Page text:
American Revolutionary WarEdit
In December 1776, King Charles III of Spain decided that covert assistance to the United States would be strategically useful, but Spain did not enter into a formal alliance with the U.S. In 1777, José de Gálvez, newly appointed as minister of the Council of the Indies, sent his nephew, Bernardo de Gálvez, to New Orleans as governor of Luisiana with instructions to secure the friendship of the United States. On 20 February 1777, the Spanish king's ministers in Madrid secretly instructed Gálvez to sell the Americans desperately needed supplies. The British had blockaded the colonial ports of the Thirteen Colonies, and consequently the route from New Orleans up the Mississippi River was an effective alternative. Gálvez worked with Oliver Pollock, an American patriot, to ship gunpowder, muskets, uniforms, medicine, and other supplies to the American colonial rebels.
Although Spain had not yet joined the American cause, when an American raiding expedition led by James Willing showed up in New Orleans with booty and several captured British ships taken as prizes, Gálvez refused to turn the Americans over to the British. In 1779, Spanish forces commanded by Gálvez seized the province of West Florida, later known as the Florida Parishes, from the British. Spain's motive was the chance both to recover territories lost to the British, particularly Florida, and to remove the ongoing British threat.
On 21 June 1779, Spain formally declared war on Great Britain. On 25 June, a letter from London, marked secret and confidential, went to General John Campbell at Pensacola from King George III and Lord George Germain. Campbell was instructed that it was the object of greatest importance to organize an attack upon New Orleans. If Campbell thought it was possible to reduce the Spanish fort at New Orleans, he was ordered to make preparations immediately. These included securing from Vice-Admiral Sir Peter Parker as many fighting ships as the fleet at Jamaica could spare, gathering all forces in the province that could be assembled, recruiting as many loyal Indians as the Superintendent could provide, and drawing on His Majesty's Treasury through the Lords Commissioners to pay expenses. As an unfortunate twist of fate for Campbell, upon which his whole career was decided, the secret communication fell into the hands of Gálvez. After reading the communication from King George III and Germain, Gálvez, Governor of Louisiana, swiftly and secretly organized Louisiana and New Orleans for war.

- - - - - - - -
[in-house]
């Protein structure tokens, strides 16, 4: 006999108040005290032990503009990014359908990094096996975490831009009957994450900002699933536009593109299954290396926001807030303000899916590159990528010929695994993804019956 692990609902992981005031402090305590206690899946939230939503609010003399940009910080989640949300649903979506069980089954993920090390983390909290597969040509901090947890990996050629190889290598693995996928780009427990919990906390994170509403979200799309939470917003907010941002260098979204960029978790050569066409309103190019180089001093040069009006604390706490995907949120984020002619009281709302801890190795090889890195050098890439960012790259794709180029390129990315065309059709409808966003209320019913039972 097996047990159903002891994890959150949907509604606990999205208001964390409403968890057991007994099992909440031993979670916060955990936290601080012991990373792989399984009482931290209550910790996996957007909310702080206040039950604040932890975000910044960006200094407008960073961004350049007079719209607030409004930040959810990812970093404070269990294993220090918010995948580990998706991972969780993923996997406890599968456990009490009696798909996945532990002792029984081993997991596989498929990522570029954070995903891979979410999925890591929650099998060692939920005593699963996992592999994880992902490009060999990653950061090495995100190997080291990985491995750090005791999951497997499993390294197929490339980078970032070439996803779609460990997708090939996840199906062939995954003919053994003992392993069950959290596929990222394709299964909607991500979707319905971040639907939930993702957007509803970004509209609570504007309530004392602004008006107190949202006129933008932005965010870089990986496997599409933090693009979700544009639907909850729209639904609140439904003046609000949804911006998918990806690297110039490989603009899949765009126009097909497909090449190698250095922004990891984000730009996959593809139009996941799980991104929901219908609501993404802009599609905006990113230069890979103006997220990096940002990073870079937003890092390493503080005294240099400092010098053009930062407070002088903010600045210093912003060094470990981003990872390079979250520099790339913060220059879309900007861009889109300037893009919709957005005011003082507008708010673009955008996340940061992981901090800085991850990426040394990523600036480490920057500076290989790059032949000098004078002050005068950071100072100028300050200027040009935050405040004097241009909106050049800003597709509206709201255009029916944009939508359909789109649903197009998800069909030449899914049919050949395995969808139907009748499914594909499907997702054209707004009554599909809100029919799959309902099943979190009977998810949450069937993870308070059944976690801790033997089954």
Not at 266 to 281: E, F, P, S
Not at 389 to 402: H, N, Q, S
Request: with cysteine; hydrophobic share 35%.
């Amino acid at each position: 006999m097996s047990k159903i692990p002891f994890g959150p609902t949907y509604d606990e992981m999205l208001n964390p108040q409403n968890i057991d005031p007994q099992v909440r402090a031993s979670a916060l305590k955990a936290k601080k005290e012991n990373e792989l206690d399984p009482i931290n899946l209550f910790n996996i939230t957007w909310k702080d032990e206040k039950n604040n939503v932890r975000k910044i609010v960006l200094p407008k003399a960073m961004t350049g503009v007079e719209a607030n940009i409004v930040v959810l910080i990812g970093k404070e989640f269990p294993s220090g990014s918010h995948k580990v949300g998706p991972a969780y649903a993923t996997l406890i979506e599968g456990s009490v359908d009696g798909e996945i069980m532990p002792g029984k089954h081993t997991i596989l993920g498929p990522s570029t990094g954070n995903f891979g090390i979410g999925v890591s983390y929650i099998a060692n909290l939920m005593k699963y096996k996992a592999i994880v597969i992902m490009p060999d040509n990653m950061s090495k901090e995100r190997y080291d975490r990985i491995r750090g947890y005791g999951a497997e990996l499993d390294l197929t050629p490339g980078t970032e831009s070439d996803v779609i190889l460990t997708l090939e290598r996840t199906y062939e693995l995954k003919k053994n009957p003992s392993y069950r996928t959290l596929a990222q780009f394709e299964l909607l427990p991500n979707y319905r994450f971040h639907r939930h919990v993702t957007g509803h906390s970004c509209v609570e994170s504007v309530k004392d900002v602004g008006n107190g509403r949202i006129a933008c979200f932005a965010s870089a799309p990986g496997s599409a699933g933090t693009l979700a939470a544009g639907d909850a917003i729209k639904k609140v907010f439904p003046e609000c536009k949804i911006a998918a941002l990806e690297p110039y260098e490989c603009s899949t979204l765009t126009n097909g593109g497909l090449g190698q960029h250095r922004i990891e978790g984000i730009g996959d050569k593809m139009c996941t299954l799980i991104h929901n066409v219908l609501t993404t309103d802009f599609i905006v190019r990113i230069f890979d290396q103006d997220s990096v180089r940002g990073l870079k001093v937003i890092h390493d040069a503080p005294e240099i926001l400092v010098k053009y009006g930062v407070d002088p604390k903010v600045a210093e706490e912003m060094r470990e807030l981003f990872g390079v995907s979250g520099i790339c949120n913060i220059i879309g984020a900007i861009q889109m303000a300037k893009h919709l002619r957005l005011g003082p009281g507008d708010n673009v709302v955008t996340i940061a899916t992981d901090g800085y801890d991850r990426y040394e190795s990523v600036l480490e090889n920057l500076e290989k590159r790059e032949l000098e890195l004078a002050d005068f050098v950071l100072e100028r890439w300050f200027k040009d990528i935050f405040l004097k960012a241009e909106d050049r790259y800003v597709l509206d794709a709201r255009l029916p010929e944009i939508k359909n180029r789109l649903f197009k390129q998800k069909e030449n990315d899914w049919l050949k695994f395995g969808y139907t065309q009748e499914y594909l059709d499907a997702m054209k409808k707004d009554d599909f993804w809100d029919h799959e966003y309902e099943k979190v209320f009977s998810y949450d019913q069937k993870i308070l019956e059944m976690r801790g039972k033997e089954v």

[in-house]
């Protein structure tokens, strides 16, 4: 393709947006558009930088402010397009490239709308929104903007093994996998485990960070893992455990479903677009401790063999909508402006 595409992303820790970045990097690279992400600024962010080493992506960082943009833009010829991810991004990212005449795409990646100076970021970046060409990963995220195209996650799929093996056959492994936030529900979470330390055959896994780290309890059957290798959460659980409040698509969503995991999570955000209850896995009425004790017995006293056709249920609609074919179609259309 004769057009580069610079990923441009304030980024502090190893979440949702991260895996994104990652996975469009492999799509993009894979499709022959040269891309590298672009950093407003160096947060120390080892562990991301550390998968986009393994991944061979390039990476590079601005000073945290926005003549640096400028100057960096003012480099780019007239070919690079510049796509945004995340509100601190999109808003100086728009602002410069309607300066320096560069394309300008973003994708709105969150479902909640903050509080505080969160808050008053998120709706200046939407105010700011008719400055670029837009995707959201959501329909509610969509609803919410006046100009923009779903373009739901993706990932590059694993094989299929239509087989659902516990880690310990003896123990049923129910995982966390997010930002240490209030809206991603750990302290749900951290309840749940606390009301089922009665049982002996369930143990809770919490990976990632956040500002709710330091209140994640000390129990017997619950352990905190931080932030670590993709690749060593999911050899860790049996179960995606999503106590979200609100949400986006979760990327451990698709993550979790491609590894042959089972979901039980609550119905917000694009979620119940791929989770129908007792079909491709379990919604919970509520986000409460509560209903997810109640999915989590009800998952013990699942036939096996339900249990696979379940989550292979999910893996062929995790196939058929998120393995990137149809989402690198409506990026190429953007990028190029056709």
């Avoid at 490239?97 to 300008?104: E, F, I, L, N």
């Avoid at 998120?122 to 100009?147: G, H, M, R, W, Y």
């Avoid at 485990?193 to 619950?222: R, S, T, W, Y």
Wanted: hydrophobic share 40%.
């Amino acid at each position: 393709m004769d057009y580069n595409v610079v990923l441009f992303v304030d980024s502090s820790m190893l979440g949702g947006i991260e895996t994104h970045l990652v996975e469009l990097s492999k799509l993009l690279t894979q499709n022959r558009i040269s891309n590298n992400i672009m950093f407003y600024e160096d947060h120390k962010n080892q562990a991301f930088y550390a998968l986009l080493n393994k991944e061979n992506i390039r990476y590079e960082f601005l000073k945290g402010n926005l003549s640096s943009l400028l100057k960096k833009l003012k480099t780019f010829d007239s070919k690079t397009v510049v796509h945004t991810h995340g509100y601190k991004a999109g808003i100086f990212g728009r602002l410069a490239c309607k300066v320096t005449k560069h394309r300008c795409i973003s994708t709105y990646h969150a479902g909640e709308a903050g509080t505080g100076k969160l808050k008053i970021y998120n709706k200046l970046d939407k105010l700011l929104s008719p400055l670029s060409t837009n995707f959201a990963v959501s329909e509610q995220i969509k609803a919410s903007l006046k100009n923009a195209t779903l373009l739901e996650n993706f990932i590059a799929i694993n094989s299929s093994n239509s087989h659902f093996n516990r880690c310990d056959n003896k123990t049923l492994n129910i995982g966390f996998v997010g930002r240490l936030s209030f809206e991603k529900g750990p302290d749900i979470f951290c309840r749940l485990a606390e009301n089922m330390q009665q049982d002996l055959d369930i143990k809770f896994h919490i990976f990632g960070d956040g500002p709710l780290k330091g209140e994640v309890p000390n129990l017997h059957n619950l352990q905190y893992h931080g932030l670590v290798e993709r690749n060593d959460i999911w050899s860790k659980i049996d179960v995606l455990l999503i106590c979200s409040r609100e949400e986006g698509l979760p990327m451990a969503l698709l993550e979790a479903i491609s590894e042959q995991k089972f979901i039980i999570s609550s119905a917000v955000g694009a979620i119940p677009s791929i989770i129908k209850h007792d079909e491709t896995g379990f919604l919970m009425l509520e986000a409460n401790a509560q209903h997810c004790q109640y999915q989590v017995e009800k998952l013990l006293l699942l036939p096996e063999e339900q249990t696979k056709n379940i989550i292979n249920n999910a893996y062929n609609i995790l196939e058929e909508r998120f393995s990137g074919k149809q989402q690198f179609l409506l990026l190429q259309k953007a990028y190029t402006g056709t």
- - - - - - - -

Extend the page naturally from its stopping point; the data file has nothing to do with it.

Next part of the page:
Gálvez carried out a masterful military campaign and defeated the British colonial forces at Fort Bute, Baton Rouge, and Natchez in 1779. The Battle of Baton Rouge, on 21 September 1779, freed the lower Mississippi Valley of British forces and relieved the threat to the capital of Louisiana, New Orleans. In March, 1780, he recaptured Mobile from the British at the Battle of Fort Charlotte.
Gálvez's most important military victory over the British forces occurred 8 May 1781, when he attacked and took by land and by sea Pensacola, the British (and formerly, Spanish) capital of West Florida from General John Campbell of Strachur. The loss of Mobile and Pensacola left the British with no bases along the Gulf coast. In 1782, forces under Gálvez's overall command captured the British naval base at Nassau on New Providence Island in the Bahamas. He was angry that the operation had proceeded against his orders to cancel, and ordered the arrest and imprisonment of Francisco de Miranda, aide-de-camp of Juan Manuel Cajigal, the commander of the expedition. Miranda later ascribed this action on the part of Gálvez to jealousy of Cajigal's success.